Are fennel seeds true seeds?
Contrary to popular belief, readily available whole fennel seeds are not true seeds. Fennel seeds are commonly used to refer to the herb’s tiny fruits which contain their actual seeds. Though they can be eaten while still green right after being harvested from spent brown seed heads, they are more commonly allowed to ripen before being fully dried.
What happens when you soak fennel seeds in water?
Because the seeds of fennel herbs are actually inside their small elongated fruits, soaking fennel seeds in water helps improve and speed up germination. More specifically, it is said that soaking for 4–5 days is best to ensure increased germination rates. They can then be sown by 0.25 inches (0.63 cm) after the last spring frost or by mid-summer.
Is it safe to eat fennel seeds?
It is safe to eat fennel seeds, whether or not they’re freshly collected. However, newly picked fennel seeds have a much stronger flavor profile and aroma than old ones, especially those that have not been kept in cool, dry, and dark spaces in air-tight containers. When cross-pollinated with dill, it may also develop an undesirable taste.
Can someone be allergic to fennel?
Fennel is one of the few spices that can elicit rare and mild allergic reactions in people. The other spices include coriander, mustard, paprika, and saffron. Only 2% of all food allergies can be attributed to spices and seasonings. Experts, however, stress that it may be underdiagnosed due to the lack of accurate and reliable skin and blood tests.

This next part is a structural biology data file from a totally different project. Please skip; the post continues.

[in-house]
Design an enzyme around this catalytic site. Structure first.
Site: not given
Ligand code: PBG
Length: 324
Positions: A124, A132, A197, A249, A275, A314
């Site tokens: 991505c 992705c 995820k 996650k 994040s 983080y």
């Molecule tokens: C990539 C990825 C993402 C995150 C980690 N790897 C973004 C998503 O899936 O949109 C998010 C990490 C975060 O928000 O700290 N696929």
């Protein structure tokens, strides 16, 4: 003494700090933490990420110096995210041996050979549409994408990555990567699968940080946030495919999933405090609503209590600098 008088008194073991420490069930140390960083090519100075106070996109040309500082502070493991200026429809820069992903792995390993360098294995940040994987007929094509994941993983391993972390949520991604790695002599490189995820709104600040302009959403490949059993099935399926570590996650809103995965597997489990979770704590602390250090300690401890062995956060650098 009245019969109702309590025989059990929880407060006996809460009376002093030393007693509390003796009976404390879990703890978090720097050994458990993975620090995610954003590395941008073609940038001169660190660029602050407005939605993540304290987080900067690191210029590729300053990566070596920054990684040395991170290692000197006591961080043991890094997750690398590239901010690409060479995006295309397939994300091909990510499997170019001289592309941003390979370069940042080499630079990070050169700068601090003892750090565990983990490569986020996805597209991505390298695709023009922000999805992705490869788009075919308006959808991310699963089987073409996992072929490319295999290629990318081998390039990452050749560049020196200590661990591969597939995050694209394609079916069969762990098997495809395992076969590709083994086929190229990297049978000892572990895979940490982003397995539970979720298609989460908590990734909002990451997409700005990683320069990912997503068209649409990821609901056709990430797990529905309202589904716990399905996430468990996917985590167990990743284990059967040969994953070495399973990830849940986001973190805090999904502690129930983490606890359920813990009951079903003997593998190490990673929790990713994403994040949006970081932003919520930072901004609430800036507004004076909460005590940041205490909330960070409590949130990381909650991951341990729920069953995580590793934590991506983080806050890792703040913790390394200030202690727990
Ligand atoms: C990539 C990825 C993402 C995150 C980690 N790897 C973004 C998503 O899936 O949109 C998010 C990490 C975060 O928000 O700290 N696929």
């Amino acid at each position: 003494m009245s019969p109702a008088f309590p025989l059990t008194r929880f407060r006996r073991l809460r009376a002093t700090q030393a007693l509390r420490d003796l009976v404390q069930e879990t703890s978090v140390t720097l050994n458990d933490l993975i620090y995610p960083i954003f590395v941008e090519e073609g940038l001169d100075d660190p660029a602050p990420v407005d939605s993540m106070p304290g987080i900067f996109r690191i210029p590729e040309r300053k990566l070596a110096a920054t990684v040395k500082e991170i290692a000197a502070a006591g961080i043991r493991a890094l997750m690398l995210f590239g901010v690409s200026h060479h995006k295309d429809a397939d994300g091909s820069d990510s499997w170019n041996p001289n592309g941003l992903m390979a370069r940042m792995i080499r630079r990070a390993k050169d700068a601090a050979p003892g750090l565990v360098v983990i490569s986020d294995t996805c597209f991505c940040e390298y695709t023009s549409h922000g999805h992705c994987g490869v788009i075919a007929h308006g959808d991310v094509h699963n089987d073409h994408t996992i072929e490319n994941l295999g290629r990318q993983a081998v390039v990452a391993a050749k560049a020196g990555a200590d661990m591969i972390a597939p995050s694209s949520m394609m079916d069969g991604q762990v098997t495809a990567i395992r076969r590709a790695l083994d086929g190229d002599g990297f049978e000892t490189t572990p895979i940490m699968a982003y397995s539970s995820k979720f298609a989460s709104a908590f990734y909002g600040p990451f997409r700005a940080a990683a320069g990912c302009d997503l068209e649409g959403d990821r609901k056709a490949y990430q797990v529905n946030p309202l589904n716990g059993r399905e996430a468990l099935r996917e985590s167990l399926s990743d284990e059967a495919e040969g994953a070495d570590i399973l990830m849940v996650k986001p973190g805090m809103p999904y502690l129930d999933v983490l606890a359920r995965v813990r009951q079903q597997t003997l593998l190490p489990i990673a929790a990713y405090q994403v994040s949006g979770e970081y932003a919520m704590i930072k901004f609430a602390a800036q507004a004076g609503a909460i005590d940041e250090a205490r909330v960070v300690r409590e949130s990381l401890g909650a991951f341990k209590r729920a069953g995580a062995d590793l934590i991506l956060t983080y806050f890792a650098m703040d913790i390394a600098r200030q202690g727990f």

Summary of Do Fennel Seeds Expire
Like other seeds and spices, fennel seeds don’t expire but their flavor, aroma, and germination rate can deteriorate in just 1 year when not stored correctly. But with proper storage and optimal conditions, fennel seeds can stay good for more or less 4 years.
To be more specific, fennel seeds should be kept in a sturdy air-tight container and kept in a place that is dry, cool, dark, and secure. At home, fennel seeds are best stored in the freezer. Regular fridges, pantries, and cupboards also serve as great storage spaces for spices such as fennel seeds.
- “Fennel, Foeniculum vulgare” by Susan Mahr in the University of Wisconsin – Madison
- “Quality Evaluation of Foeniculum vulgare (Fennel) Seeds Using Colorization” by Jalpa J Patel, Dr. Chintan K Modi, and Kavindra R Jai in Academia
- “Cultural Practices and Post Harvest Handling, Affecting Seed Yield and Quality of Volatile Oils of Anise (Pimpinella anisum L.) and Fennel (Foeniculum vulgare Mill)” by Enaam Ismail Abdalla Ibrahim in University of Khartoum Repository
- “Life Expectancy of Vegetable Seeds” by James Romer in Iowa State University Extension and Outreach
- “How Long Do Seeds Last?” by Petra Page-Mann in The Cornell Small Farms Program
- “5 Seeds that Support Healthy Digestion” by Valerie Lull in the American College of Healthcare Sciences
- “A Guide to Food Storage for Emergencies” by Brian Nummer, Carolyn Washburn, and Teresa Hunsaker in Utah State University Extension